There is anticipated short term growth in the global economy – primarily for 2018 and 2019, according to the International Monetary Fund (IMF), primarily due to the corporate tax cuts by Donald Trump which is expected to provide a shot in the arm.
The growth forecast for the global economy was upgraded by the IMF by 0.2 per cent to 3.9 per cent for both 2018 and 2019 at the event off the launching the latest World Economic Outlook (WEO) report at the annual Davos gathering.
The tax cuts of Trump that were enacted as laws at the end of last year would be instrumental in inspiring corporate to invest more for greater economic output which in turn would provide a short-term boost to both the U.S. economy and those of its trade partners, said Maurice Obstfeld, the IMF’s economic counsellor. But following the increase in equity valuations, there could a possible sharp drop in markets and this is a risk that lurks in the distance, he said.
The global economy would potentially be facing a downturn that will “come sooner and be harder to fight” than expected if the world leaders were unable to address and foster the resilience of their economies, he also warned those gathered at the Swiss ski resort.
“Political leaders and policymakers must stay mindful that the present economic momentum reflects a confluence of factors that is unlikely to last for long,” he added.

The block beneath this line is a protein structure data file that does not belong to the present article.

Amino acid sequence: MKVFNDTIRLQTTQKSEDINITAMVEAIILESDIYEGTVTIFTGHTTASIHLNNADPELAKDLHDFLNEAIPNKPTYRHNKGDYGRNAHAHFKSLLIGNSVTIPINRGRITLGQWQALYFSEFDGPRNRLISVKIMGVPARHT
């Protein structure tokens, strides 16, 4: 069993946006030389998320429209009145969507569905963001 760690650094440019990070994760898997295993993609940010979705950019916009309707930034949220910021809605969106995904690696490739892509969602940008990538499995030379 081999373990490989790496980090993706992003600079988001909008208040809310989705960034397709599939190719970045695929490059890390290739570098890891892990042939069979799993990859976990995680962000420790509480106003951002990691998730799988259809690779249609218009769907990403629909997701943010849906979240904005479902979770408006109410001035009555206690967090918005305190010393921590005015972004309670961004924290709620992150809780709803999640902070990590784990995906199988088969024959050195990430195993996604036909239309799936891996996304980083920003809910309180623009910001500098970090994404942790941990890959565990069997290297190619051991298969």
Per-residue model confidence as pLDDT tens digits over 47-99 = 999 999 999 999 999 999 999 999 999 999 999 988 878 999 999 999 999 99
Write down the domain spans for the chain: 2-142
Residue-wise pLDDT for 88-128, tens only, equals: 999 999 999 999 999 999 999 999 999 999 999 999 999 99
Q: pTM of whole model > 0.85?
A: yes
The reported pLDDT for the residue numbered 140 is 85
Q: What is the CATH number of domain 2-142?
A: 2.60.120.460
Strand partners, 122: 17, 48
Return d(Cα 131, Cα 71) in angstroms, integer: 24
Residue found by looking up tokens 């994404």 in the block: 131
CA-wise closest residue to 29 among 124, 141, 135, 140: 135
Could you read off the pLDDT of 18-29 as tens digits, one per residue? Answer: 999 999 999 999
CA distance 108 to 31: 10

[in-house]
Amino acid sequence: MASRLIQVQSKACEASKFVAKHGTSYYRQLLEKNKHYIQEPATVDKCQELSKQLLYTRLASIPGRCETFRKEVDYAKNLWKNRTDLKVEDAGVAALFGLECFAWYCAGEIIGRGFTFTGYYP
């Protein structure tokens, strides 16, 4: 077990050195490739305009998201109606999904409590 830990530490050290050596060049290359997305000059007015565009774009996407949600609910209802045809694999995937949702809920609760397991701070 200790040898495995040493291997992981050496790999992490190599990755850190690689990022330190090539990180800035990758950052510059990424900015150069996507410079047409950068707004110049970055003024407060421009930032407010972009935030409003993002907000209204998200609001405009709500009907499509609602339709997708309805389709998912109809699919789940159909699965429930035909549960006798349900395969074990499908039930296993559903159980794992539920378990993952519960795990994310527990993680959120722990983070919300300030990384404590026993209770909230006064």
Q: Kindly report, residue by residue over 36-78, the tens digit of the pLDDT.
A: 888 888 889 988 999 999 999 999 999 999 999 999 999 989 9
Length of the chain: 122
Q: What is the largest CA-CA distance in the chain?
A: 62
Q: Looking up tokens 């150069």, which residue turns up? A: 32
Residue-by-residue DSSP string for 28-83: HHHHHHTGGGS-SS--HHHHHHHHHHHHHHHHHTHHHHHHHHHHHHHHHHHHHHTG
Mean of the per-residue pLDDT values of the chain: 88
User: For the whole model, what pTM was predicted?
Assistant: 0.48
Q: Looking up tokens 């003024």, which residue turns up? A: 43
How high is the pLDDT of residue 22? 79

In recent time, there has been a good recovery of the economies of the U.S., Europe and Asia from the low reached during the 2007-08 financial crisis, resulted in a synchronized global upswing, and this forms the background for the upgrade from the IMF. However, low rates of interest and flooding their economies with billions of dollars through quantitative easing by the central banks of the world also added to the current upgradation of the world economy.
Obstfeld warned that the current situation was not the “new normal” and might fade and hence urged the policymakers not to sit back and enjoy the sunshine. While the financial markets could be unsettled by central banks who might jack up the rates of interest much faster than anticipated due to rising inflation arising from growth in developed nations.
The IMF anticipated that the U.S. economy would grow an additional half a percentage than the fund anticipated in October because most of the upgrade of the global growth outlook by the IMF has been based on the tax changes. It is expected that there would be a growth rate of 2.3 per cent in the U.S. economy in 2017 and 2.7 per cent in 2018. It is also anticipated that the growth rate would fall back to 2.5 per cent in 2019.
(Adapted from TheGuardian.com)